Weaker Pupils or The Wrong Maths?
I have noticed a lot of people talking about ‘weaker pupils’ on Twitter. There are suggestions, for example, that certain representations of equations cannot be accessed by 'weaker pupils' or that concrete or pictorial modalities for exploring a mathematical idea are only suitable for ‘weaker pupils’.
My problem with this is that I don’t believe there is such a thing as a ‘weaker pupil’. There are just kids learning maths and, except for those children with the most severe learning difficulties, all pupils can learn the whole of school level maths.
So, where does this perception come from? In my experience (and this is certainly the case in lots of Twitter discussions too), when teachers talk about ‘weaker pupils’ what they are really referring to is a pupil who cannot grip the mathematical idea that they are trying to present to them. The thing is, this is not a sign of a ‘weaker pupil’, this is a sign that the teacher is presenting mathematical ideas that the pupil is not yet ready to grip.
Imagine the whole of human knowledge. Imagine it filling a space. At any given moment in time, every single one of us knows all that we know. There is no other possible scenario, it is always the case.
Let’s imagine the domain of one’s own knowledge as a circle in the whole of human knowledge.
As one grows older and learns more, the circle widens, with new knowledge and truth being integrated into one’s current schema.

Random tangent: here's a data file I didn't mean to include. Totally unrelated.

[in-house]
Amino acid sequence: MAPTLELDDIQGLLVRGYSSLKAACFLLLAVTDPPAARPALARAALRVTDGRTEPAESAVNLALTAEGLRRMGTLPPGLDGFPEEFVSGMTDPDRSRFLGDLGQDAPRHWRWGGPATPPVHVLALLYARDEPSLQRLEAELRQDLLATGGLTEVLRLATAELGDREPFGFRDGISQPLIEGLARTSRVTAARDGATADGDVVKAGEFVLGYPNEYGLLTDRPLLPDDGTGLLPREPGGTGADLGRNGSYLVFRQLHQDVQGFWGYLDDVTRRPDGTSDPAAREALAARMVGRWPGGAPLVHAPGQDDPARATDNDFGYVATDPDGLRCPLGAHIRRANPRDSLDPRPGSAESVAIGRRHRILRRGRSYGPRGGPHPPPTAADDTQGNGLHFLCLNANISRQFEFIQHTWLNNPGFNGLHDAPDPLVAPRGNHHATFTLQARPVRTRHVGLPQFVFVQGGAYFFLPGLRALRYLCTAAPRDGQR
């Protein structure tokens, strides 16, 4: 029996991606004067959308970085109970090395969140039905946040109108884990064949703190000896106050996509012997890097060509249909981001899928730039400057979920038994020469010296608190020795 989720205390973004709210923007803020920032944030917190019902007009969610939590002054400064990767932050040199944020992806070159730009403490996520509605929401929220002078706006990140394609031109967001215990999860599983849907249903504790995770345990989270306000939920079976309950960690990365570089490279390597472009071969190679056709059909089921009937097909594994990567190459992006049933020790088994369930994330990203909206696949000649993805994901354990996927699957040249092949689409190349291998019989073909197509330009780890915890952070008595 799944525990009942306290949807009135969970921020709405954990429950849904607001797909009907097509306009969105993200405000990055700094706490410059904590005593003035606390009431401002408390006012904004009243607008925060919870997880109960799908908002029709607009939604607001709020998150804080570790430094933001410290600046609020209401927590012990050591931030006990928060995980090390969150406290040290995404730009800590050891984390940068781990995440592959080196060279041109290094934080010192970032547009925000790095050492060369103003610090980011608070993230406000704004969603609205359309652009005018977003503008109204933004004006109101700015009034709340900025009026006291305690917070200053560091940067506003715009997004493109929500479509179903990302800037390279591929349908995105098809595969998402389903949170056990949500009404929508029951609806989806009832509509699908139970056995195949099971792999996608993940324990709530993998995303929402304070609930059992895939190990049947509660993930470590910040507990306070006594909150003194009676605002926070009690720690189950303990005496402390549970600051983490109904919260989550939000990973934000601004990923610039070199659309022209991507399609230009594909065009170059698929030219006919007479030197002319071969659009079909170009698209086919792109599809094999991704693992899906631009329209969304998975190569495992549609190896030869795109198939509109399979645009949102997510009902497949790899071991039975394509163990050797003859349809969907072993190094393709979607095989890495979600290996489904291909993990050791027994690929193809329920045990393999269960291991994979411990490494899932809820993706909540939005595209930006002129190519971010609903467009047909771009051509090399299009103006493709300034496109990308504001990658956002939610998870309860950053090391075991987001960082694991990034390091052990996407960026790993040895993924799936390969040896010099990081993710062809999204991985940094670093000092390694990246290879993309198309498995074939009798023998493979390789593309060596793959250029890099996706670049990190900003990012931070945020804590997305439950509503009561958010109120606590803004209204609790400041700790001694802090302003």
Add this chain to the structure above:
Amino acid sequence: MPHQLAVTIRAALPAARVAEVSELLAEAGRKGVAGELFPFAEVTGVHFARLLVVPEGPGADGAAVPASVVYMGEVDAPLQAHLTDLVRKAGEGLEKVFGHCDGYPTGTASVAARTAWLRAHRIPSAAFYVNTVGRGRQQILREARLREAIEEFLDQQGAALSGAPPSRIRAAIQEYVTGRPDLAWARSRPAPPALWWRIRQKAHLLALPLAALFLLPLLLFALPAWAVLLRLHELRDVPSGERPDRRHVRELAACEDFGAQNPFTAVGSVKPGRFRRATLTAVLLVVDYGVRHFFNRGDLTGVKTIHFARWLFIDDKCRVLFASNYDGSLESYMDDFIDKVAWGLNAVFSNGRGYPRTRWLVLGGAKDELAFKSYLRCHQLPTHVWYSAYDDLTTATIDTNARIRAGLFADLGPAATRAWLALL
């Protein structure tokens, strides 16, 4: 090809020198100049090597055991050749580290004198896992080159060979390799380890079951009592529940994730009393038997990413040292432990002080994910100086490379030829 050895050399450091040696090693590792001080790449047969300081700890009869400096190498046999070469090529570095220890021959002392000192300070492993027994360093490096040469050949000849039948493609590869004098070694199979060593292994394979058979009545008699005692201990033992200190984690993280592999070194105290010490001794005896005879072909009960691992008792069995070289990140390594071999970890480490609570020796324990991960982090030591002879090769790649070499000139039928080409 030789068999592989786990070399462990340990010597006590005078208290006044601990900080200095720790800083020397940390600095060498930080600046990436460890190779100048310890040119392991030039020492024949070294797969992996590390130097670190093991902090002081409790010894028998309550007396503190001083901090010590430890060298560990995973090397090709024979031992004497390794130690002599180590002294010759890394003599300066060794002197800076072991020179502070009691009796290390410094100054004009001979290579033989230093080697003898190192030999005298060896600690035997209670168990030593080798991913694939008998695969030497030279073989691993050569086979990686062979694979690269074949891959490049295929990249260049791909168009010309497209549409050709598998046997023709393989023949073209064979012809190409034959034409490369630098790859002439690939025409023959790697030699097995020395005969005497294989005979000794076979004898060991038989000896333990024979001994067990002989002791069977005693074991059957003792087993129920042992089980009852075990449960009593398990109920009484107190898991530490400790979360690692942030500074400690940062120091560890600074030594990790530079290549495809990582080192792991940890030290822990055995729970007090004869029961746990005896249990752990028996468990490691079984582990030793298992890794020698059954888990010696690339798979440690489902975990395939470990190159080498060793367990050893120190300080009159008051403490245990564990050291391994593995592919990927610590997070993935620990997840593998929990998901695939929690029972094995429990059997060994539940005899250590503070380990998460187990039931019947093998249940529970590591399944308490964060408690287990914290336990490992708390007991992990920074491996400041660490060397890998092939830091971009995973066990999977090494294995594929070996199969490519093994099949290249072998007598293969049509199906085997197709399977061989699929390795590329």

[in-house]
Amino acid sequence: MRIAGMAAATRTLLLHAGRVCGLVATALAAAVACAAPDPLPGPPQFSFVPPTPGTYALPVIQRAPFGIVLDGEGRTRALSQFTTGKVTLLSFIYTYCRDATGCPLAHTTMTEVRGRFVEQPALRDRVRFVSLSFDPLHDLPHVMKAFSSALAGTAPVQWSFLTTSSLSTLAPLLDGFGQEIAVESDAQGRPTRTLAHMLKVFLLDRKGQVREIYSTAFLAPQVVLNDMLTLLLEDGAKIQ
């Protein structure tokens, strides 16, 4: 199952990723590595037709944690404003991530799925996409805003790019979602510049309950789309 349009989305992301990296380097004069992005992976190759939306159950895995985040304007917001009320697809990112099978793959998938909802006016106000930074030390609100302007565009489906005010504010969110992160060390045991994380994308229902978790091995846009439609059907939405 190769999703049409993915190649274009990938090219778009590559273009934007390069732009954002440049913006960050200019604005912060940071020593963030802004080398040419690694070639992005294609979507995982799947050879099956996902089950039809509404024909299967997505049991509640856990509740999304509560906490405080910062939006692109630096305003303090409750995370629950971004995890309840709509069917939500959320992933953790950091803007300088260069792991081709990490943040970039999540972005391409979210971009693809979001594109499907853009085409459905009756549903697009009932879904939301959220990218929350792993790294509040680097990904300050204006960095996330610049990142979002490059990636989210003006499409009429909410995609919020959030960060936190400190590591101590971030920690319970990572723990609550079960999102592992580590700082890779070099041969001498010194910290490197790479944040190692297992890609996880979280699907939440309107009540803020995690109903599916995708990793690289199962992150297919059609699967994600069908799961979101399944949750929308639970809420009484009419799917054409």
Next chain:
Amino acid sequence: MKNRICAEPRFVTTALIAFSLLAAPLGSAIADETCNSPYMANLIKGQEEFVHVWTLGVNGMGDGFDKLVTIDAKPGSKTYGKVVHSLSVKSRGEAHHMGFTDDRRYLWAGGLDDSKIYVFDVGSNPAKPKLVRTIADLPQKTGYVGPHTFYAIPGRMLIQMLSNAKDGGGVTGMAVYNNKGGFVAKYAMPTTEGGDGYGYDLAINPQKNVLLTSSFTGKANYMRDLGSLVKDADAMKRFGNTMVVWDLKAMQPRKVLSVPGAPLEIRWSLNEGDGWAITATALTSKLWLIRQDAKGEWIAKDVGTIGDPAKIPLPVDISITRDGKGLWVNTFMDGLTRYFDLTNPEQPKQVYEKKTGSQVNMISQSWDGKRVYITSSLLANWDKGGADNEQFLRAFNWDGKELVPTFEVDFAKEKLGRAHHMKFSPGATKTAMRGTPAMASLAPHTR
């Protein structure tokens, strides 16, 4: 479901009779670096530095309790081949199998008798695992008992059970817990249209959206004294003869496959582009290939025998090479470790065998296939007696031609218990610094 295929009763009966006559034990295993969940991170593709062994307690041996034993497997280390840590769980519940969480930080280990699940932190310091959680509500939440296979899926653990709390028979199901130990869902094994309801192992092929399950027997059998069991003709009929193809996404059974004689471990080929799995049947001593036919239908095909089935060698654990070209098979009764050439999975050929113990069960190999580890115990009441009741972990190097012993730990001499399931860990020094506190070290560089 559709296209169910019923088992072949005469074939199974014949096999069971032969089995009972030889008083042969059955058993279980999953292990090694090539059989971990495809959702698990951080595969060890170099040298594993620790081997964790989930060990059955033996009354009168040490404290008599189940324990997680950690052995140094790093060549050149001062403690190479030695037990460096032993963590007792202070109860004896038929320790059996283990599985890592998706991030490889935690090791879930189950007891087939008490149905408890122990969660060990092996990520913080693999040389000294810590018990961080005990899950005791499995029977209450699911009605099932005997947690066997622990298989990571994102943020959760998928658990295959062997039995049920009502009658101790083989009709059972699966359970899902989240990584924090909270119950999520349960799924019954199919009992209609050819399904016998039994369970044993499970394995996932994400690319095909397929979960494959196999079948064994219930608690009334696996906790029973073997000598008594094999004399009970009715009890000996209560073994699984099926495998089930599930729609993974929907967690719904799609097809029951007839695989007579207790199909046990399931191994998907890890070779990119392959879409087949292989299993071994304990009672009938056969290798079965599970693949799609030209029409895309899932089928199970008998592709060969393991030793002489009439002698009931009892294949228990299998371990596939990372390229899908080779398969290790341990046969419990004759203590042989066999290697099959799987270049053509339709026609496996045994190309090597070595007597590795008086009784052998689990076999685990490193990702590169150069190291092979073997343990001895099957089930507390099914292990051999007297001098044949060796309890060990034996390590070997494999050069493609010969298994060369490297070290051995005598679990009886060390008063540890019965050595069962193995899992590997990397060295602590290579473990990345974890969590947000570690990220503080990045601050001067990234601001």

For new knowledge to be assimilated, it must make sense from the perspective of what one already knows. That is to say, the new knowledge can only be just beyond the limits of the circle.
We only learn things that are just beyond our current understanding – this is necessarily the case, since knowledge well beyond one’s current view of the universe, one’s logic framework and one’s own living history and truth, is rejected as incomprehensible or just plain wrong.
When I hear teachers talking about ‘weaker pupils’, they are usually referring to a situation where a pupil is being presented with a mathematical idea way beyond what they are able to assimilate.
I have observed hundreds of lessons where pupils are being asked to, for example, understand how a formula works, and within just a few moments of discussion it is revealed that those same pupils haven’t even got to grips yet with, say, basic arithmetic or have a very loose grip of number sense. This happens all the time. Schools that have schemes of work based on a pupil’s age, rather than where that pupil is actually at mathematically, continually serve up the wrong maths.
The new idea is well beyond the limits of their current knowledge, leaving the pupil incapable of making sense of it.
So, of course the pupil can’t get to grips with the idea. These pupils are then labelled as weak.
As John B Carroll showed many times, all pupils can learn well if they are given the right amount of time and are starting from where they are already secure.
I would urge teachers to pause a moment before labelling a pupil ‘weak’ to consider the possibility that they are trying to teach a pupil the wrong maths.